KS: [The Revitalizing Japantown? and The Right to Remain work of Jeff Masuda and Audrey Kobayashi] has had a huge impact on the relationship between the JC community and the DTES community, and we’re super grateful for that. One, [because of] their vision, but also the infusion of their funds. They used the money for their academic research to put into the community and the neighborhood–to build that community and do their research at the same time. That has been an amazing and wonderful thing, and from the feedback I’ve had from members of the DTES community that work with JC members of the community, they are appreciative that another community has taken an interest in their issues and what’s going on now. We’ve built some pretty great friendships and that work is still going. To me, that’s pretty amazing.

 

To me, young people that care at all, that are even willing to take that step, are amazing. They’re my hope. They are our hope. They are everyone’s hope. Because it’s easy to get busy […] so anybody who cares enough to step outside their privilege and do something, I think is […] really important, and I want them all to come. I want them all to come out because we need more help.

Academics have […] a number of things that are super valuable to me. One is that they hold knowledge, research and information that a lot of us don’t have. And they are often able to articulate things in a way that are good to have in the mainstream media. […] I’m sort of an intuitive person and it’s my gut feeling [to think] “we should be doing this, we should be standing with people who are marginalized and we should do something to change what’s going on, because it’s not right.” The academics that I’ve worked with are amazing because they can articulate this in a way that I can’t, like “Yeah that’s what I meant! That’s why we’re doing it!” They have the language and the details about the history of past oppression or violations of rights. They can talk about systemic racism and they can talk about power imbalances, and they have this kind of knowledge and language that can explain to people why we’re doing something. Or sometimes, [they can] fix the conversation. There’s a lot of poor bashing, there’s a lot of blaming people for their own problems and their situations, and there’s an academic way of explaining [to people] that there are historic power imbalances and systemic reasons why it’s not fair all the time. And that we need to try and fix that, and we need to call for justice.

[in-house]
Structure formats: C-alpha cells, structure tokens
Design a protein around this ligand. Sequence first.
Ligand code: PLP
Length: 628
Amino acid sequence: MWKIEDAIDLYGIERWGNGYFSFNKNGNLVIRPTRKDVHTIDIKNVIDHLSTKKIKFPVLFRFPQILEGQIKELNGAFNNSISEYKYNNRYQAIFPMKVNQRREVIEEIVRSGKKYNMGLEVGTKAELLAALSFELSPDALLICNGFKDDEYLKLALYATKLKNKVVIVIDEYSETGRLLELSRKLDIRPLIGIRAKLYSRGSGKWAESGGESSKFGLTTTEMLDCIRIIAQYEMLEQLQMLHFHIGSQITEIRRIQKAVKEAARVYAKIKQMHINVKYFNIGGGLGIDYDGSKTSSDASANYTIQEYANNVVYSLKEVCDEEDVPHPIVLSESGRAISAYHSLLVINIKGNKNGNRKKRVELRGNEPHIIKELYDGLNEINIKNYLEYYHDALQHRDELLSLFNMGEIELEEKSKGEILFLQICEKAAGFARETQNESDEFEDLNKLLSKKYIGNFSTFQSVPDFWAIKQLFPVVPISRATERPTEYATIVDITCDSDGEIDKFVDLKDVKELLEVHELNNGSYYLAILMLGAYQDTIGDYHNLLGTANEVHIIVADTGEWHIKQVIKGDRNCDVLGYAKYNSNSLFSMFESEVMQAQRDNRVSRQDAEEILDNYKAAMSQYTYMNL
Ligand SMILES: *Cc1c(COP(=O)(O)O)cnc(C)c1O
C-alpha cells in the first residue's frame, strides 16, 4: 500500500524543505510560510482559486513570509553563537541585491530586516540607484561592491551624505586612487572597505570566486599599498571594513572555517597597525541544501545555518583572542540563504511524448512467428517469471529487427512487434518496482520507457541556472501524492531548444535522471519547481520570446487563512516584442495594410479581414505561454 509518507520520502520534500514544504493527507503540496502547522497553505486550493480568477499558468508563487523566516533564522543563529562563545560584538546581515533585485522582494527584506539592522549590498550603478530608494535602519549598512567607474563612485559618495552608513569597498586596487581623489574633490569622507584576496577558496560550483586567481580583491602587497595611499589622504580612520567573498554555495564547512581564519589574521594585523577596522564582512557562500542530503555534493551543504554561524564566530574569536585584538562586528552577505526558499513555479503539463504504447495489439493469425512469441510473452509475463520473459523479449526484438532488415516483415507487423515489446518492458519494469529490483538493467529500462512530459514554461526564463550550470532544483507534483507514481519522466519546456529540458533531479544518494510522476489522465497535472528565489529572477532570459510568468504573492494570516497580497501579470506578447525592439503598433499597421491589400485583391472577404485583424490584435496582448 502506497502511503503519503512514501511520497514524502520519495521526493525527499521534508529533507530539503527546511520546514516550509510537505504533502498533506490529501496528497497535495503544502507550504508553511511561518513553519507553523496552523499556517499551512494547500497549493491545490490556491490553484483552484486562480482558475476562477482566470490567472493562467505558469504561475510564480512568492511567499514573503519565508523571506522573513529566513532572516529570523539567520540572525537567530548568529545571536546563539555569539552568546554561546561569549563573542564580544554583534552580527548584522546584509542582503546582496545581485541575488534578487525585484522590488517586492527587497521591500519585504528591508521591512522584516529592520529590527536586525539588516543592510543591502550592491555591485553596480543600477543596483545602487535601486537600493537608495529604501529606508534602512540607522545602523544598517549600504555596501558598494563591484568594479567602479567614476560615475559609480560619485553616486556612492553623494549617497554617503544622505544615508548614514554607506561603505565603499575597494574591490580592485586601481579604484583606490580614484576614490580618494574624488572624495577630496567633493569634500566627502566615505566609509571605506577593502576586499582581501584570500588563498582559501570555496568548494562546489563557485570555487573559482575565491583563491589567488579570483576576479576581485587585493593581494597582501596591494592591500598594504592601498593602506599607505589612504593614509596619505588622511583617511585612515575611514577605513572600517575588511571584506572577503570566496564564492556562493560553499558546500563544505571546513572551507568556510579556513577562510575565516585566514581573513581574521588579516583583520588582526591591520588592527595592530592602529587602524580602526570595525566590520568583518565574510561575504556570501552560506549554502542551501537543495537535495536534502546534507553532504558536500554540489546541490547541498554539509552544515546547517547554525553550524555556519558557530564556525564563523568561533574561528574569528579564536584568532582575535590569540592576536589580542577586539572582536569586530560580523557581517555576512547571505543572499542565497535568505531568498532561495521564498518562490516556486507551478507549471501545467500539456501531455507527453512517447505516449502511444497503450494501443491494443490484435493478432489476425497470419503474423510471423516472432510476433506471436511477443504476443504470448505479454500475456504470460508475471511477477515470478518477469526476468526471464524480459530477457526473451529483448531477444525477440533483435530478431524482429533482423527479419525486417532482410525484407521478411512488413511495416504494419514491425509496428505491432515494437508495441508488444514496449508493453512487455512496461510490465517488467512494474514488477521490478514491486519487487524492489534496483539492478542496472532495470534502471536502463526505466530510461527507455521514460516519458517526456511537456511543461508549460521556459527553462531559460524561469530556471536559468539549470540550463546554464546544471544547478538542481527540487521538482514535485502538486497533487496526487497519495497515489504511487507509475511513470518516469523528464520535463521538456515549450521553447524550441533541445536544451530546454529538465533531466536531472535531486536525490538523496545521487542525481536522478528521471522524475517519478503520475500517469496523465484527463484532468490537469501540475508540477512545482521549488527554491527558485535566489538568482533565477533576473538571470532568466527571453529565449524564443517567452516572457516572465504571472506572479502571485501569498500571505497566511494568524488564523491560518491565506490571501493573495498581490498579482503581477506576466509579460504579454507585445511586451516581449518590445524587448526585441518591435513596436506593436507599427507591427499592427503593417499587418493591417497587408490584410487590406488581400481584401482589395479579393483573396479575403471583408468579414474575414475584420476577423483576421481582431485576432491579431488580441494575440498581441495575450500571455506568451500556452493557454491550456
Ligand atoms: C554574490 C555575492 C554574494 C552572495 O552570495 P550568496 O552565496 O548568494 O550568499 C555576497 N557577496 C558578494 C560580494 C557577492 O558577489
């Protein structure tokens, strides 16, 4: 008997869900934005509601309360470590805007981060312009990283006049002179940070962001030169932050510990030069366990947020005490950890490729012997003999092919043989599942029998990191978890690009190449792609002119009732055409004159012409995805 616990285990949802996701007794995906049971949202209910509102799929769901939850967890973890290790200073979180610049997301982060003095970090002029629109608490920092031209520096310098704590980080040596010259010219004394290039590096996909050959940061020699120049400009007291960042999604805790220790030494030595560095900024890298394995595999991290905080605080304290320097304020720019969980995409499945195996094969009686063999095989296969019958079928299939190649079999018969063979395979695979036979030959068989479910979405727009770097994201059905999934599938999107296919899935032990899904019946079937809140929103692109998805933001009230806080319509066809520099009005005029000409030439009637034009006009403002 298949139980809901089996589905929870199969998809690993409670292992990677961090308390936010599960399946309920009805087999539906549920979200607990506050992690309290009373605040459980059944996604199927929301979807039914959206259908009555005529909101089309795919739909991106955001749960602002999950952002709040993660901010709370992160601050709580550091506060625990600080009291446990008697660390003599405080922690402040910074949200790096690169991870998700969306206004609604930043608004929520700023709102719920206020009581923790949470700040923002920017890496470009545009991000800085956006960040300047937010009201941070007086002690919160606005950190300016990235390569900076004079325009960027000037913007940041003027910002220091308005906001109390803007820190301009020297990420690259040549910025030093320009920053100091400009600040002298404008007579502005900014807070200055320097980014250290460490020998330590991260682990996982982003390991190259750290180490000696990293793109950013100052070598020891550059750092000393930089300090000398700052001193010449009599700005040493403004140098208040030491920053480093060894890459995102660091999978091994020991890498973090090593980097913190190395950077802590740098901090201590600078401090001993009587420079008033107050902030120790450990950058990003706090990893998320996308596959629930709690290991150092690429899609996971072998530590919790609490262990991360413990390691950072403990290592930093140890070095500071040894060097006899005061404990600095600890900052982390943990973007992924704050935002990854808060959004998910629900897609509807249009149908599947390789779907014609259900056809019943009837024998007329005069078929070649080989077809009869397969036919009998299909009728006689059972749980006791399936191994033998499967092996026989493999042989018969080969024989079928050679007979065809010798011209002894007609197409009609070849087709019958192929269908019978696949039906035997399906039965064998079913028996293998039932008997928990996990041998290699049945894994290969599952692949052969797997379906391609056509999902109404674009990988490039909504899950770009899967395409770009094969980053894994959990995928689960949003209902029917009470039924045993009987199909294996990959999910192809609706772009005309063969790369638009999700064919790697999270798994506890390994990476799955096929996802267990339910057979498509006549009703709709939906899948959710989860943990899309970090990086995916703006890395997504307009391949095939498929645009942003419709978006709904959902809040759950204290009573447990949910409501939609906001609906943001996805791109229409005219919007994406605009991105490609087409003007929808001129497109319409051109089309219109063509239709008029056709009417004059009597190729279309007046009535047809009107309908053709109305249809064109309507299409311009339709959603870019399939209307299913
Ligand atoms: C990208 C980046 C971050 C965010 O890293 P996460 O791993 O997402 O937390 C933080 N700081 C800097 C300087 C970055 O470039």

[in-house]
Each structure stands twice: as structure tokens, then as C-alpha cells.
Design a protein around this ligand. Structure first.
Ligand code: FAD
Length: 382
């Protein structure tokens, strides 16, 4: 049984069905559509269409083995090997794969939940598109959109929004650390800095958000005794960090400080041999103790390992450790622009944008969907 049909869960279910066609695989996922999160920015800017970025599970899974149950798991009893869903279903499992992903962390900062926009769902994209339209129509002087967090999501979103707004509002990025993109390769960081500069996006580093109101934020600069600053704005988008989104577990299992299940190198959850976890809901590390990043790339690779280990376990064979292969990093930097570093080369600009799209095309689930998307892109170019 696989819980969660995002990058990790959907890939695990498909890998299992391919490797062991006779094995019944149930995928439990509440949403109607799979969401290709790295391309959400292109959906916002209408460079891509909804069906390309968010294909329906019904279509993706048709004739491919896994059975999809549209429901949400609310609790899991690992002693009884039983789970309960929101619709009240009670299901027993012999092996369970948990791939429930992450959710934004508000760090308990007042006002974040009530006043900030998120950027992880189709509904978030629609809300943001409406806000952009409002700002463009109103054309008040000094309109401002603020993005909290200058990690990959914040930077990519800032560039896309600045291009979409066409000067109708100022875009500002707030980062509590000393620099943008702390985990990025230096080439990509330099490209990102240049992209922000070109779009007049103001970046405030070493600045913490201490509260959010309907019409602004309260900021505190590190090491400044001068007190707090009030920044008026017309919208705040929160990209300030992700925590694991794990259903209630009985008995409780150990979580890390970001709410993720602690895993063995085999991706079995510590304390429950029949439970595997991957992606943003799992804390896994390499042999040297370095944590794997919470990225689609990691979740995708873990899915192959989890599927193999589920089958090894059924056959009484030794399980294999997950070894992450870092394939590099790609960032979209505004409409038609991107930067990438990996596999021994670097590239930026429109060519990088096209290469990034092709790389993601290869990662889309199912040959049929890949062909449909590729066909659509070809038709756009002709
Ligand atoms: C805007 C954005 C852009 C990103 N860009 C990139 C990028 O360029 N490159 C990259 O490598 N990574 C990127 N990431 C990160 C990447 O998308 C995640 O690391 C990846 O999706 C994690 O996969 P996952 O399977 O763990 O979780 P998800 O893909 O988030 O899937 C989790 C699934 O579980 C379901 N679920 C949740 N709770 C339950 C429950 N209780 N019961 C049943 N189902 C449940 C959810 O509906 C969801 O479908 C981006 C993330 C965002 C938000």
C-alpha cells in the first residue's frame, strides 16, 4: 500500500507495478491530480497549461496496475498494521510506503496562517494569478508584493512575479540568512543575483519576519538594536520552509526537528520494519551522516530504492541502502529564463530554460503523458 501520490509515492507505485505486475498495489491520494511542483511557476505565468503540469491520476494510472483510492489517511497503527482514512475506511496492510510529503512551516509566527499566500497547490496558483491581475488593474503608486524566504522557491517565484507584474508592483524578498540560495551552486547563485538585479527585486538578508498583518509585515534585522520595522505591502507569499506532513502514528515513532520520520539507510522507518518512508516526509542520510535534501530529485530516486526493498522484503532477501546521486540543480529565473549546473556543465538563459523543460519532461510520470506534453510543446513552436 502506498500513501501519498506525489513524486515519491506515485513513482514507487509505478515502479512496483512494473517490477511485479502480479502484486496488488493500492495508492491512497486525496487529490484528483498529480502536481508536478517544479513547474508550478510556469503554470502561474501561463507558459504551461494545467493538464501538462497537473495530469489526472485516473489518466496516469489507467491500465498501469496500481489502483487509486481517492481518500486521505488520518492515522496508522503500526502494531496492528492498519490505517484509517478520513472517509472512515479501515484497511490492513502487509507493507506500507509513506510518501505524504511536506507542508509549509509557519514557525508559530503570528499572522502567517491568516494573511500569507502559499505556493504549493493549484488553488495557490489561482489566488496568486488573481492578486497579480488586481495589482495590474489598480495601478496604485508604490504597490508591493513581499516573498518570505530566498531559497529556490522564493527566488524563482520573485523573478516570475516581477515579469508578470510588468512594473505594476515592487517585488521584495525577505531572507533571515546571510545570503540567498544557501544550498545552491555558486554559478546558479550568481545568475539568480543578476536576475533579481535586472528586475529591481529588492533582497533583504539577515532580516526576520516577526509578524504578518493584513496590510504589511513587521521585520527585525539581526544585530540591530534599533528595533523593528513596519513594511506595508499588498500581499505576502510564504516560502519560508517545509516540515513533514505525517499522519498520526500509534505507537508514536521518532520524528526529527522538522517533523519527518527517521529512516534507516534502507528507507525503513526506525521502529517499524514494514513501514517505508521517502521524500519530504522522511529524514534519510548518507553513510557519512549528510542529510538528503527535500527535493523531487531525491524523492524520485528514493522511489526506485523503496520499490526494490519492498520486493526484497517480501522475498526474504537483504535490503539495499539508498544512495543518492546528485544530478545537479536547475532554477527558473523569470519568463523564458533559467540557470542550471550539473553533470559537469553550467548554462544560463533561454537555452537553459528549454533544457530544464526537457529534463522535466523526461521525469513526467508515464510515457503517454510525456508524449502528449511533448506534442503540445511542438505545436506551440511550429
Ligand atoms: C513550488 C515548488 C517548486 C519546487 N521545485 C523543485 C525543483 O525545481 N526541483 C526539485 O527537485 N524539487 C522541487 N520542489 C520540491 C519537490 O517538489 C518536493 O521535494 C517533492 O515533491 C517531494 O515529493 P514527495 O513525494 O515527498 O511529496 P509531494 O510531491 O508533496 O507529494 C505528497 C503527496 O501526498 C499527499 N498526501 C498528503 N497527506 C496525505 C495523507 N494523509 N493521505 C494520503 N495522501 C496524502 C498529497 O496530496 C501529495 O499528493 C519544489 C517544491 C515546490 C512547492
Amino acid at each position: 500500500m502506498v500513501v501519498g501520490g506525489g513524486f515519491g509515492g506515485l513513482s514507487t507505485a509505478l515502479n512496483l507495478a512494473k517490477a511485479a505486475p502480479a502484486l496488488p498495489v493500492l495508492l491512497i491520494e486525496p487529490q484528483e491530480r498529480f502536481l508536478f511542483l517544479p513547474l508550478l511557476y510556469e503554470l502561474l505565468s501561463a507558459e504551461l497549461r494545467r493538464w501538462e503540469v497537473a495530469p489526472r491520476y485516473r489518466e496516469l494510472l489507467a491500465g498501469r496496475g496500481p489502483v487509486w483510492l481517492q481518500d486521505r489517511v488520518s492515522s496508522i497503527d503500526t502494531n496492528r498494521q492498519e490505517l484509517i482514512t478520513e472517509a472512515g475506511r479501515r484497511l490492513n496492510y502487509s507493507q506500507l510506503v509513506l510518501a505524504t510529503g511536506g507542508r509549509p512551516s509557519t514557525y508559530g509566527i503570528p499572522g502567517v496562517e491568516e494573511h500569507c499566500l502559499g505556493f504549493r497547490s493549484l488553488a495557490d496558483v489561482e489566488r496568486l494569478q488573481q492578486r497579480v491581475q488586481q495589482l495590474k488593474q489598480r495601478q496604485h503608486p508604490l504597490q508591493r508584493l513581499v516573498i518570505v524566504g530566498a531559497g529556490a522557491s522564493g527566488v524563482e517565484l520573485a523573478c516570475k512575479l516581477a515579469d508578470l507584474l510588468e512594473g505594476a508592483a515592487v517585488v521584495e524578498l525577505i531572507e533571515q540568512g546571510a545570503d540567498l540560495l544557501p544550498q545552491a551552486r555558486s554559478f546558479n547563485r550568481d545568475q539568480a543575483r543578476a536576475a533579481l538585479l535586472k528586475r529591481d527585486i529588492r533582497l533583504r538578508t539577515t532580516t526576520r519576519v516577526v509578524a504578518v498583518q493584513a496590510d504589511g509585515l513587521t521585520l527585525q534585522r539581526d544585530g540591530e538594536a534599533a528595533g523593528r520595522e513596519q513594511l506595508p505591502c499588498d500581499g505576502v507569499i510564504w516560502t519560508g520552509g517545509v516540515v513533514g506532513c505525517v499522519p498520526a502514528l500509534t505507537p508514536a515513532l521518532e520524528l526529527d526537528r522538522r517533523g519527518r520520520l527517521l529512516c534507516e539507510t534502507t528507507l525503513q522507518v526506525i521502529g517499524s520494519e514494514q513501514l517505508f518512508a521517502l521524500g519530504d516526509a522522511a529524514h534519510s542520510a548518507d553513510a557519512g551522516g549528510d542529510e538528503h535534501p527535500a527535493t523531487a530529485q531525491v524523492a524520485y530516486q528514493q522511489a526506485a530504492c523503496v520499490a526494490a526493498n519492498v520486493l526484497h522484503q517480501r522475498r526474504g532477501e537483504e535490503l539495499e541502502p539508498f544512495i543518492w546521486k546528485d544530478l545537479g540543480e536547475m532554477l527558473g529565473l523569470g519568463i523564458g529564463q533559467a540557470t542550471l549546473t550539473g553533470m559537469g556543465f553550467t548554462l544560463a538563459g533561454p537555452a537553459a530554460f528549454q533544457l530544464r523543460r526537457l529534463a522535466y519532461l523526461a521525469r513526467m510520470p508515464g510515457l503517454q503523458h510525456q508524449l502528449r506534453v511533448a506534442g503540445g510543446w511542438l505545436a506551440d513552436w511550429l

THE ENERGIZING AND HUMANIZING VALUE OF USING ART IN ACADEMIA AND ACTIVISM

I love art and what art can do. I think that’s partly why our conversation kept returning to the topic of art as a resource for both education and activism. I’m frustrated by the common dismissal of community-based art in academia – those forms of art largely excluded from what the academy considers sophisticated or legitimate enough for scholarly study. Kathy echoed my concerns, speaking to her experience in both activist and academic contexts where art became the transformative force for bringing people together and provoking change. It’s clear that research is an essential step in educating and mobilizing communities, but how can we be more creative about engaging an audience? Can art transcend boundaries in academia and society? Kathy pushes back against the devaluation of art, and emphasizes its humanizing power.

 

KS: Part of my loyalty and dedication to Powell Street Festival comes from this idea that arts are part of the glue. Arts and culture have a super important role in all our work because for one – they build community. It’s an entry point for a lot of people, in a way that’s really engaging and can be easy and fun. The festival itself is creating something together that’s hard work and yet joyful – that’s powerful. Because people come back year after year–they love it and are invested in it and they feel it’s their festival. They have a level of ownership that is pretty unique. […]

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At WePress. Photo: Kazuho Yamamoto.